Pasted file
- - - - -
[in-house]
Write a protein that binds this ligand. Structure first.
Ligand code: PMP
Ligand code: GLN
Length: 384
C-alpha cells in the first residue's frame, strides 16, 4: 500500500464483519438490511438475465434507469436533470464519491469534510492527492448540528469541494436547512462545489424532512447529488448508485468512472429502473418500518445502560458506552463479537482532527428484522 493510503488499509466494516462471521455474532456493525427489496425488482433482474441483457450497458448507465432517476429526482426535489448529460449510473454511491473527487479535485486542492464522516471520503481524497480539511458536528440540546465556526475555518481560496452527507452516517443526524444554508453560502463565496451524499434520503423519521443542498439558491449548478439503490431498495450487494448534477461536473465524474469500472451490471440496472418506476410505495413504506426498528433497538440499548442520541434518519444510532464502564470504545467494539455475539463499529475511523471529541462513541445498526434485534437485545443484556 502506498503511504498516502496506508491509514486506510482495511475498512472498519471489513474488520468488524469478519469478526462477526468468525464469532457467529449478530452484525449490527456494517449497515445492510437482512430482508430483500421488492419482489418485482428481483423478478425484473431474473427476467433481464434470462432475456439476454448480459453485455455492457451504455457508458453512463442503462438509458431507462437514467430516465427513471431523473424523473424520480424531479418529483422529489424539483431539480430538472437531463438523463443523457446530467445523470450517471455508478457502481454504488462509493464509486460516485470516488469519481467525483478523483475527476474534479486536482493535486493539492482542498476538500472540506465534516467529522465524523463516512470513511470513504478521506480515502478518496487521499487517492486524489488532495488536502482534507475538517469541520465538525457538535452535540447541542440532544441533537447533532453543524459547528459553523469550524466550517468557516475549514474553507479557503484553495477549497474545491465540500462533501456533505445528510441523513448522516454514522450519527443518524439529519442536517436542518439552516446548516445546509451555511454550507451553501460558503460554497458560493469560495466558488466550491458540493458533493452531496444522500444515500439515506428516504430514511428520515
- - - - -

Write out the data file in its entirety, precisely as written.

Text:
[in-house]
Write a protein that binds this ligand. Structure first.
Ligand code: PMP
Ligand code: GLN
Length: 384
C-alpha cells in the first residue's frame, strides 16, 4: 500500500464483519438490511438475465434507469436533470464519491469534510492527492448540528469541494436547512462545489424532512447529488448508485468512472429502473418500518445502560458506552463479537482532527428484522 493510503488499509466494516462471521455474532456493525427489496425488482433482474441483457450497458448507465432517476429526482426535489448529460449510473454511491473527487479535485486542492464522516471520503481524497480539511458536528440540546465556526475555518481560496452527507452516517443526524444554508453560502463565496451524499434520503423519521443542498439558491449548478439503490431498495450487494448534477461536473465524474469500472451490471440496472418506476410505495413504506426498528433497538440499548442520541434518519444510532464502564470504545467494539455475539463499529475511523471529541462513541445498526434485534437485545443484556 502506498503511504498516502496506508491509514486506510482495511475498512472498519471489513474488520468488524469478519469478526462477526468468525464469532457467529449478530452484525449490527456494517449497515445492510437482512430482508430483500421488492419482489418485482428481483423478478425484473431474473427476467433481464434470462432475456439476454448480459453485455455492457451504455457508458453512463442503462438509458431507462437514467430516465427513471431523473424523473424520480424531479418529483422529489424539483431539480430538472437531463438523463443523457446530467445523470450517471455508478457502481454504488462509493464509486460516485470516488469519481467525483478523483475527476474534479486536482493535486493539492482542498476538500472540506465534516467529522465524523463516512470513511470513504478521506480515502478518496487521499487517492486524489488532495488536502482534507475538517469541520465538525457538535452535540447541542440532544441533537447533532453543524459547528459553523469550524466550517468557516475549514474553507479557503484553495477549497474545491465540500462533501456533505445528510441523513448522516454514522450519527443518524439529519442536517436542518439552516446548516445546509451555511454550507451553501460558503460554497458560493469560495466558488466550491458540493458533493452531496444522500444515500439515506428516504430514511428520515